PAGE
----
- degree 1
- degree 2
put office hour text here
Dylan K. Rogers (Lecturer in Roman Art and Archaeology) is a Classical Archaeologist, who specializes in Roman fountains and urbanism. From 2015-2019, Rogers served as the Assistant Director of the American School of Classical Studies at Athens (Greece). His recent book, Water Culture in Roman Society (Brill, 2018), begins to define the term ‘water culture’ for ancient Roman society, using literary, legal, epigraphic, and archaeological evidence. He has also edited the volume, What’s New in Roman Greece? (National Hellenic Research Foundation, 2018), with the Roman Seminar Research Group in Athens, which aims to shed light on how the societies of Greece responded in socioeconomic and cultural terms to becoming part of the Roman Empire. Rogers is also the co-editor of The Cambridge Companion to Ancient Athens (Cambridge University Press, 2021) that provides a comprehensive and up-to-date introduction to Athens, its topography and monuments, inhabitants and cultural institutions, and religious rituals and politics. Rogers is currently studying Roman fountains using methodologies related to sensory studies and archaeology, in order to understand better the use and placement in various landscapes of fountains by the Romans. A part of this research recently appeared in the American Journal of Archaeology (2021): "Sensing Water in Roman Greece: The Villa of Herodes Atticus at Eva-Loukou and the Sanctuary of Demeter and Kore at Eleusis."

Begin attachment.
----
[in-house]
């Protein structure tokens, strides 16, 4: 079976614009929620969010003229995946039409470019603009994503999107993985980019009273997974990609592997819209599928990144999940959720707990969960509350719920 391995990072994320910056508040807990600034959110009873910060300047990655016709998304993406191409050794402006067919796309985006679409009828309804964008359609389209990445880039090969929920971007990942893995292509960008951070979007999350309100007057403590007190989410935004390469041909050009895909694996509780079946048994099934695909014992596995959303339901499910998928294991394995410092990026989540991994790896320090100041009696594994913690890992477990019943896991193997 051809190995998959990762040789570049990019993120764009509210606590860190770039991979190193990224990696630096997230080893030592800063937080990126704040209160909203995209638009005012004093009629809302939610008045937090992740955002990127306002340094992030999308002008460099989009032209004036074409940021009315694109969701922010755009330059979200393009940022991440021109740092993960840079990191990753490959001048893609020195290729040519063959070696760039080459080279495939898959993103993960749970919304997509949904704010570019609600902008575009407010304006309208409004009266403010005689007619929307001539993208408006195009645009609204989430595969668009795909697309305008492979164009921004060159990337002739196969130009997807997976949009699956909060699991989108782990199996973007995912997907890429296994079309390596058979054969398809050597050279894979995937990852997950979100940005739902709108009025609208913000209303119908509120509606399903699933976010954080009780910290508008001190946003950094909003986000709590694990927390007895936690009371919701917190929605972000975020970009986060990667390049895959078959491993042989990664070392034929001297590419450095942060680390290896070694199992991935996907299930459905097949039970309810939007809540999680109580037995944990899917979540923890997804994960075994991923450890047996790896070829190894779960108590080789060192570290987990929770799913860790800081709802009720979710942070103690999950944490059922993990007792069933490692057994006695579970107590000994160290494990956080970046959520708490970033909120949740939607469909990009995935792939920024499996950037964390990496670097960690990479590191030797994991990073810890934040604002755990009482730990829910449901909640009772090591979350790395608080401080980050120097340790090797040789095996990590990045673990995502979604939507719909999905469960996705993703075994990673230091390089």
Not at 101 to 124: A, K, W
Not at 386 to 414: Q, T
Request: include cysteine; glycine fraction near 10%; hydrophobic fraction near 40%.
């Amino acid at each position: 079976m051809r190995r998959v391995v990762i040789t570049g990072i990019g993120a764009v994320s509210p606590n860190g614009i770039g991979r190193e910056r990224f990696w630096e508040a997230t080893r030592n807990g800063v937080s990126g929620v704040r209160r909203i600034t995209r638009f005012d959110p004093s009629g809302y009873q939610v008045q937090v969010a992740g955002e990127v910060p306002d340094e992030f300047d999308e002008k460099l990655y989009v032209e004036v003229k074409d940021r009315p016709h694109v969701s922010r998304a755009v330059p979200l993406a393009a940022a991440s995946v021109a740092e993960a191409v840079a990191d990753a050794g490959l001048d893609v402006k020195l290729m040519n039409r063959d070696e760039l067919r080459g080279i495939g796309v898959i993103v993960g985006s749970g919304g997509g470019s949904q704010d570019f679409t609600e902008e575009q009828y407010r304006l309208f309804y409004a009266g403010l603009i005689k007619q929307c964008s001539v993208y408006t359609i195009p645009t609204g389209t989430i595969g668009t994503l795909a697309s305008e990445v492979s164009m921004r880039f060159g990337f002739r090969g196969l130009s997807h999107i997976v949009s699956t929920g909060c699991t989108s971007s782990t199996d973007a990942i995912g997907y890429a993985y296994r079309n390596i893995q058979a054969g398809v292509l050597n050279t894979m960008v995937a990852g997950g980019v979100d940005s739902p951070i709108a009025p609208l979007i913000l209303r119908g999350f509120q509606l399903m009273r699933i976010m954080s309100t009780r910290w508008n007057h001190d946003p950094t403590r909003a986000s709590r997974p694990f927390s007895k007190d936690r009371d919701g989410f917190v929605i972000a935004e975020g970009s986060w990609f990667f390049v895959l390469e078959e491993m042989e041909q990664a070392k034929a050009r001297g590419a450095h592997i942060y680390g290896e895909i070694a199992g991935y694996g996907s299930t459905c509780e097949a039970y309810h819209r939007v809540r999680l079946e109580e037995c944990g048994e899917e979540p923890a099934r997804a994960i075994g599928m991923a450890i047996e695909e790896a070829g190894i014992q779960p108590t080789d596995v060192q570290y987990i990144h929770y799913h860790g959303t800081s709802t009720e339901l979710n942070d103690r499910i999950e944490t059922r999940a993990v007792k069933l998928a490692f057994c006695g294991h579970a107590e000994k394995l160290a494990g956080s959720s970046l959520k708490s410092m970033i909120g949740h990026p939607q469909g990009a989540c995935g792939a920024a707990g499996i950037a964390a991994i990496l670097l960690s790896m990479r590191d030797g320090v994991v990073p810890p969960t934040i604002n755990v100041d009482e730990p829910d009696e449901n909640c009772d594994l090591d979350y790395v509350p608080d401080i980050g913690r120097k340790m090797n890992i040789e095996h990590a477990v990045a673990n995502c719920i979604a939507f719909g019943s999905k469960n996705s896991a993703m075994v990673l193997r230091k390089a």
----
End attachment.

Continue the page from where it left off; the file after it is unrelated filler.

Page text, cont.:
Major research interests of Rogers include the relationship between Roman identity and art (especially sculpture and mosaics), Roman domestic religion, Roman gardens, the topography of the cities of Rome and Athens, and the reception of Antiquity from the Renaissance through the modern period. Other research interests outside of Classical Archaeology include Medieval Rome and Italy, opus sectile pavements of the Medieval Mediterranean, and the Venetian fountains of Crete.
Rogers has taught the following courses at UVa: Roman Art and Archaeology, Sex and the Ancient City, Painting in the Ancient Mediterranean World, Archaeology of Destruction, Art and Power, Pompeii: Life in a Roman City, and Senses, Architecture, and Water (graduate seminar). He also serves as the Director of the Distinguished Major Program in Archaeology, along with participating in various committees and research groups at the University, such as the Progressive Pedagogy Committee (Art Department, 2020-present) and "Classics and Racism" reading group (2019). Rogers is also the Secretary of the Charlottesville Society of the Archaeological Institute of America.
BA Tulane University, 2008
MA University of Virginia, 2010
PhD University of Virginia, 2015
Roman Art & Archaeology